Those Anglo-Indians with fairer complexions and educational and economic capital aspired to ‘escape’ the Anglo-Indian label and ‘pass’ as Europeans. They would frequently claim the position of ‘domiciled Europeans,’ another categorisation employed by colonial authorities to create a racial hierarchy of identity. Given European mistrust of those who could not definitively demonstrate flawless British ancestry, this was a risky approach for social progress.
A famous example of such a racial ‘passing’ is the actress Vivien Leigh who played the lead role in Gone with the Wind (1939). Through genealogical and archival research, it has been hinted that she was an ‘Anglo-Indian’ who ‘passed’ as white.
It is important to note that ‘passing’ was also practised with reference to professional achievements. As Frank Anthony — President of All India Anglo-Indian and Domiciled Europeans Association — wrote in 1969, whenever an Anglo-Indian archived distinction, the British media identified them as ‘British’ but when a crime was reported the perpetrator would be described as ‘Anglo-Indian’ (‘Britain’s Betrayal in India’, 1969). Perceptions about the community were closely entwined with the terminology used by one-time colonisers.
Anglo-Indian life after Indian independence
In 1949 article 331 of the Indian constitution provided for the representation of two Anglo-Indian Members of Parliament nominated by the President of India. Article 366 of the constitution defined ‘Anglo-Indian’ as
a person whose father or any of whose other male progenitors in the male line is or was of European descent but who is domiciled within the territory of India and is or was born within such territory of parents habitually resident therein and not established there for temporary purposes only.
This definition was directly adopted from the Government of India Act, 1935.
In 2019 this reservation for the community was ended by the 104th Constitutional Amendment, citing the now low numbers of Anglo-Indians in India. This amendment came despite a 2013 report by the Indian Ministry of Minority Affairs referencing distinctive challenges faced by the Anglo-Indian community, including lack of employment, educational opportunities and proper housing facilities, and cultural erosion. In the wake of the 2019 amendment, Anglo-Indians are required to focus less on ‘passing’ than avoiding politically erasure by the Indian government.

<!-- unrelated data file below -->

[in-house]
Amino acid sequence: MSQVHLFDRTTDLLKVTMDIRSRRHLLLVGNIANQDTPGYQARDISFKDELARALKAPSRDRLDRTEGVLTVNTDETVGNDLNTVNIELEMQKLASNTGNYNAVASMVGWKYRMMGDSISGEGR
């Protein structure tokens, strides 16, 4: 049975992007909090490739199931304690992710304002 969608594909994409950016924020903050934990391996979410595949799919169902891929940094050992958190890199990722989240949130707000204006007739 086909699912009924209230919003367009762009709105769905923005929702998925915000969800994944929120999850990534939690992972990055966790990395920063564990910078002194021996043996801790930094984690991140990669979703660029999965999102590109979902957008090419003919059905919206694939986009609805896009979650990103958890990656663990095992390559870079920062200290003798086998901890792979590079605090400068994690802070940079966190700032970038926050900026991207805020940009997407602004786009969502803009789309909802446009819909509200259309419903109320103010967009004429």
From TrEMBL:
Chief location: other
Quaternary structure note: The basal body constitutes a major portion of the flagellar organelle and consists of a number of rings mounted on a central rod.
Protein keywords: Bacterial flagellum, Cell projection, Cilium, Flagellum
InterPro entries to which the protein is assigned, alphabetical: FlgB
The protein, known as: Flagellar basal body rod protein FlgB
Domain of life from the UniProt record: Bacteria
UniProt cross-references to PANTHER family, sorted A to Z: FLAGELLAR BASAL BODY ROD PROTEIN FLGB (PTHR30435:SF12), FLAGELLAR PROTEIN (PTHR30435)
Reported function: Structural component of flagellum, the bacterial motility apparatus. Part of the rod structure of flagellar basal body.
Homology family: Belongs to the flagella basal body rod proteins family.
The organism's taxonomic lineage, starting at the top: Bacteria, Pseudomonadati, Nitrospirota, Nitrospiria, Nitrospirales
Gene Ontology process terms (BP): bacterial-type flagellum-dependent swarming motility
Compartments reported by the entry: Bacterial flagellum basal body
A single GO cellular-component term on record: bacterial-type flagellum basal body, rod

Anglo-Indian history still remains a largely unexplored part of modern South Asian history. It is not the story of the coloniser and the colonised, but a group falling between the two. India’s Anglo-Indian population also remains significant in its notable contribution to sectors of the Indian economy including education, medical provision, railways and transport. The Anglo-Indian diaspora is spread across the globe, evidenced by the Anglo-Indian Australasian Association and New Zealand Anglo-Indian Association.
- Blunt, Alison. Domicile and diaspora: Anglo-Indian women and the spatial politics of home. John Wiley & Sons, 2008.
- Dewey, Clive. Anglo-Indian Attitudes: Mind of the Indian Civil Service. A&C Black, 1993.
- Charlton-Stevens, Uther. “Anglo-Indians in Colonial India: Historical Demography, Categorisation, and Identity.” In The Palgrave International Handbook of Mixed Racial and Ethnic Classification, pp. 669-692. Palgrave Macmillan, Cham, 2020.
- Sen, Sudarshana. “Social Organisations and Social Securities in the Anglo-Indian Community.” In Anglo-Indian Women in Transition, pp. 161-179. Palgrave Macmillan, Singapore, 2017.
- Anglo-Indian Identity: Past and Present, in India and the Diaspora: edited by Robyn Andrews and Merin Simi Raj, Switzerland, Palgrave Macmillan, 2021.
- Compton, J. M. “Indians and the Indian Civil Service, 1853-1879: A Study in National Agitation and Imperial Embarrassment.” Journal of the Royal Asiatic Society of Great Britain and Ireland, no. 3/4 (1967): 99–113. http://www.jstor.org/stable/25202985.
About the author
Vishwajeet Deshmukh, BLS, LLB 2022 (Government Law College, Mumbai, India), is the recipient of the Tata Trusts and 1947 Partition Archive Research Grant to study the effect of Partition of British India on minorities.